The Lead and Copper Rule Revisions White Paper was release by the Environmental Protection Agency (EPA) on 26 October 2016, several months ahead of a 2017 deadline. The paper includes options to improve existing rules.
The LCR Revisions White Paper provides examples of regulatory options to improve the existing rule. The paper highlights key challenges, opportunities, and analytical issues presented by these options. Options include lead service line replacement, improving optimal corrosion control treatment requirements, consideration of a health-based benchmark, the potential role of point-of-use filters, clarifications or strengthening of tap sampling requirements, increased transparency, and public education requirements.
Replacing ALL lead service lines in the country is one option noted, though the estimated price tag of $16 to $80 billion dollars may be prohibitive. This is the cost to both utilities that own the water lines to a property boundary and to the home owner / property owner that is responsible for the water line from the boundary into the home or building.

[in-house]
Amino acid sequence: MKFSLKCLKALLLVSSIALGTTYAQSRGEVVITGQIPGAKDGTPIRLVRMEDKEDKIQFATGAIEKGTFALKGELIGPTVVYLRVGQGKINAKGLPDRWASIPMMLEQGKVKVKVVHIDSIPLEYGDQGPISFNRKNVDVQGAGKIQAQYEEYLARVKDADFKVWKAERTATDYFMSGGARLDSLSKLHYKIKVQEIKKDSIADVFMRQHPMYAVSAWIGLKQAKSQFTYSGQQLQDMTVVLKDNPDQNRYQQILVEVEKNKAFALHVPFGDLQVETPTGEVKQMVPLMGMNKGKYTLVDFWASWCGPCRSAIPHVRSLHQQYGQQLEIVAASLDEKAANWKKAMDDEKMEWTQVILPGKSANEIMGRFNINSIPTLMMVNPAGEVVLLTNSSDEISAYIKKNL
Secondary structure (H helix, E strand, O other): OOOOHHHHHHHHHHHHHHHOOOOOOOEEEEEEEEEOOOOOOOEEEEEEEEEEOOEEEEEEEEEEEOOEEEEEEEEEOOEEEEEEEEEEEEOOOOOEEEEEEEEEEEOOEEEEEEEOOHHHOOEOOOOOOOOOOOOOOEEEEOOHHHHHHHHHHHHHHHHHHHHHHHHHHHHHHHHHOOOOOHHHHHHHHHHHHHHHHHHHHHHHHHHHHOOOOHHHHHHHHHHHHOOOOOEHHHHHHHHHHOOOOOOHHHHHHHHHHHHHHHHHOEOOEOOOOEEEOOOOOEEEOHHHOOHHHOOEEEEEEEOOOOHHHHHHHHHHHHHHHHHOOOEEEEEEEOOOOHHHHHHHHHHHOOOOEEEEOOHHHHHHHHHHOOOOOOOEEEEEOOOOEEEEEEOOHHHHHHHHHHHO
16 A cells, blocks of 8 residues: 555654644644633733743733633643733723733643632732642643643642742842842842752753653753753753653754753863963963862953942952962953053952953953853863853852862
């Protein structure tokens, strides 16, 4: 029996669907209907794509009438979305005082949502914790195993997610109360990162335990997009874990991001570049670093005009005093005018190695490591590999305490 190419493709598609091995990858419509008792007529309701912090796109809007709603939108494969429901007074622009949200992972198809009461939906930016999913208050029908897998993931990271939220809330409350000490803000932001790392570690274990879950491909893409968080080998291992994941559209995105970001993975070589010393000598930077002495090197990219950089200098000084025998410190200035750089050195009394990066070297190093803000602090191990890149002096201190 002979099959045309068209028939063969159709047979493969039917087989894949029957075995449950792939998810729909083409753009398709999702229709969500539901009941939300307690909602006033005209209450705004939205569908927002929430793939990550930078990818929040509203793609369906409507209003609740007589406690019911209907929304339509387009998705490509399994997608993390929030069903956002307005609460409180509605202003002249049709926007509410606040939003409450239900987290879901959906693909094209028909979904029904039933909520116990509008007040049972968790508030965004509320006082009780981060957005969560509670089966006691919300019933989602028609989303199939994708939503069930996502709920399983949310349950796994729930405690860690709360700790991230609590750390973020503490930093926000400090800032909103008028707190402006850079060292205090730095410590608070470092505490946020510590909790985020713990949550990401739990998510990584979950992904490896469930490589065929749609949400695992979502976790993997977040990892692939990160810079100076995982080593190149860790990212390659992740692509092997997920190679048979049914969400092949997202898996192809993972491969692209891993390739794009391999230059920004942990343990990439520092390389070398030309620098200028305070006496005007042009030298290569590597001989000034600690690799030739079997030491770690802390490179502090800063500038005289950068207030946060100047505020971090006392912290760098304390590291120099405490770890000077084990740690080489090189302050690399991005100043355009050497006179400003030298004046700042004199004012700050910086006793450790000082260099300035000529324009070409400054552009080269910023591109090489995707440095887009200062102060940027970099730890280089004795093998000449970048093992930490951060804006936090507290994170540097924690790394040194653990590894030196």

Lead in plumbing materials was banned by Congress in 1986.
The Lead and Copper Rule was put in place in 1991 and according to the EPA White Paper has made significant strides in lowering the Blood Lead Level of our youngest children – to a median level of 1 microgram per deciliter. That means there are still children with much higher lead levels. There is more that EPA admits can be done as evidenced by the Flint, Michigan water crisis and notice of nearly one-quarter of Chicago’s public water fountains showed lead levels higher than the EPA’s ‘action level’ of 15 parts per billion